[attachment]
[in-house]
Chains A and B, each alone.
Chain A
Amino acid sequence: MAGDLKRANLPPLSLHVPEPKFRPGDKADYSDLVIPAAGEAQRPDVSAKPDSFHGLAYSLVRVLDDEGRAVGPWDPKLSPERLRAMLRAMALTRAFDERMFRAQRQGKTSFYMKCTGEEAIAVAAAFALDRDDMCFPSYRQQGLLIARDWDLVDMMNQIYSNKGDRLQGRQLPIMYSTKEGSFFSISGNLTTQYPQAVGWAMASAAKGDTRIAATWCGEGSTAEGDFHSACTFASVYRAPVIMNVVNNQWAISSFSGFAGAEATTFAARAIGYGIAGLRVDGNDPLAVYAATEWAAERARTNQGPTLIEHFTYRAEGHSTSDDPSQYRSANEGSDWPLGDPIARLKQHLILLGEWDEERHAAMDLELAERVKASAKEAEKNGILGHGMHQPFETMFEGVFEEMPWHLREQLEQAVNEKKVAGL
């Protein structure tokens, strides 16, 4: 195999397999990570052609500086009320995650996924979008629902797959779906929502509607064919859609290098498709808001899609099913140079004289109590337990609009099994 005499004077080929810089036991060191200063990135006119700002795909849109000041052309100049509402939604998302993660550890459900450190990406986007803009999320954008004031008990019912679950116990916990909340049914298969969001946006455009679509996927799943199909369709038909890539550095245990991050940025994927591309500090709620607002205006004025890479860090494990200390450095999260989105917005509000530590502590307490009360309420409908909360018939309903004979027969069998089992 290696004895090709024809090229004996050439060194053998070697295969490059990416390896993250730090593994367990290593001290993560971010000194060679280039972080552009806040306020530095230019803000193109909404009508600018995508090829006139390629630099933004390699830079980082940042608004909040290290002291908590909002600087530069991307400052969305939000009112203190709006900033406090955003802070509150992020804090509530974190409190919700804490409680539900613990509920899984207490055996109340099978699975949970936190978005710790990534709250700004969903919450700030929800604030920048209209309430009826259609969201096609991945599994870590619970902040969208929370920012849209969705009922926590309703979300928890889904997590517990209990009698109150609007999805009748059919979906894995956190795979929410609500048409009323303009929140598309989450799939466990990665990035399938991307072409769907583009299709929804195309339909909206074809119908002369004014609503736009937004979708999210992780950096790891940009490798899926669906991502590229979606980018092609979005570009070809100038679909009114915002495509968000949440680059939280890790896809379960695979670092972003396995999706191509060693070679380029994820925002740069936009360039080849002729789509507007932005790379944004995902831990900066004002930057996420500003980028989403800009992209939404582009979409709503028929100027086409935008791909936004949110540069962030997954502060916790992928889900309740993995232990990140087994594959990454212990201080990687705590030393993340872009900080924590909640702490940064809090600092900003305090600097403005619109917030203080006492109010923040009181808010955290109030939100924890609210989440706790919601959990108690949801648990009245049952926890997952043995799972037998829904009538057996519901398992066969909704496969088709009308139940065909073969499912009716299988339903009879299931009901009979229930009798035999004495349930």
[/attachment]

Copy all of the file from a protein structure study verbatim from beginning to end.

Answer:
[in-house]
Chains A and B, each alone.
Chain A
Amino acid sequence: MAGDLKRANLPPLSLHVPEPKFRPGDKADYSDLVIPAAGEAQRPDVSAKPDSFHGLAYSLVRVLDDEGRAVGPWDPKLSPERLRAMLRAMALTRAFDERMFRAQRQGKTSFYMKCTGEEAIAVAAAFALDRDDMCFPSYRQQGLLIARDWDLVDMMNQIYSNKGDRLQGRQLPIMYSTKEGSFFSISGNLTTQYPQAVGWAMASAAKGDTRIAATWCGEGSTAEGDFHSACTFASVYRAPVIMNVVNNQWAISSFSGFAGAEATTFAARAIGYGIAGLRVDGNDPLAVYAATEWAAERARTNQGPTLIEHFTYRAEGHSTSDDPSQYRSANEGSDWPLGDPIARLKQHLILLGEWDEERHAAMDLELAERVKASAKEAEKNGILGHGMHQPFETMFEGVFEEMPWHLREQLEQAVNEKKVAGL
């Protein structure tokens, strides 16, 4: 195999397999990570052609500086009320995650996924979008629902797959779906929502509607064919859609290098498709808001899609099913140079004289109590337990609009099994 005499004077080929810089036991060191200063990135006119700002795909849109000041052309100049509402939604998302993660550890459900450190990406986007803009999320954008004031008990019912679950116990916990909340049914298969969001946006455009679509996927799943199909369709038909890539550095245990991050940025994927591309500090709620607002205006004025890479860090494990200390450095999260989105917005509000530590502590307490009360309420409908909360018939309903004979027969069998089992 290696004895090709024809090229004996050439060194053998070697295969490059990416390896993250730090593994367990290593001290993560971010000194060679280039972080552009806040306020530095230019803000193109909404009508600018995508090829006139390629630099933004390699830079980082940042608004909040290290002291908590909002600087530069991307400052969305939000009112203190709006900033406090955003802070509150992020804090509530974190409190919700804490409680539900613990509920899984207490055996109340099978699975949970936190978005710790990534709250700004969903919450700030929800604030920048209209309430009826259609969201096609991945599994870590619970902040969208929370920012849209969705009922926590309703979300928890889904997590517990209990009698109150609007999805009748059919979906894995956190795979929410609500048409009323303009929140598309989450799939466990990665990035399938991307072409769907583009299709929804195309339909909206074809119908002369004014609503736009937004979708999210992780950096790891940009490798899926669906991502590229979606980018092609979005570009070809100038679909009114915002495509968000949440680059939280890790896809379960695979670092972003396995999706191509060693070679380029994820925002740069936009360039080849002729789509507007932005790379944004995902831990900066004002930057996420500003980028989403800009992209939404582009979409709503028929100027086409935008791909936004949110540069962030997954502060916790992928889900309740993995232990990140087994594959990454212990201080990687705590030393993340872009900080924590909640702490940064809090600092900003305090600097403005619109917030203080006492109010923040009181808010955290109030939100924890609210989440706790919601959990108690949801648990009245049952926890997952043995799972037998829904009538057996519901398992066969909704496969088709009308139940065909073969499912009716299988339903009879299931009901009979229930009798035999004495349930």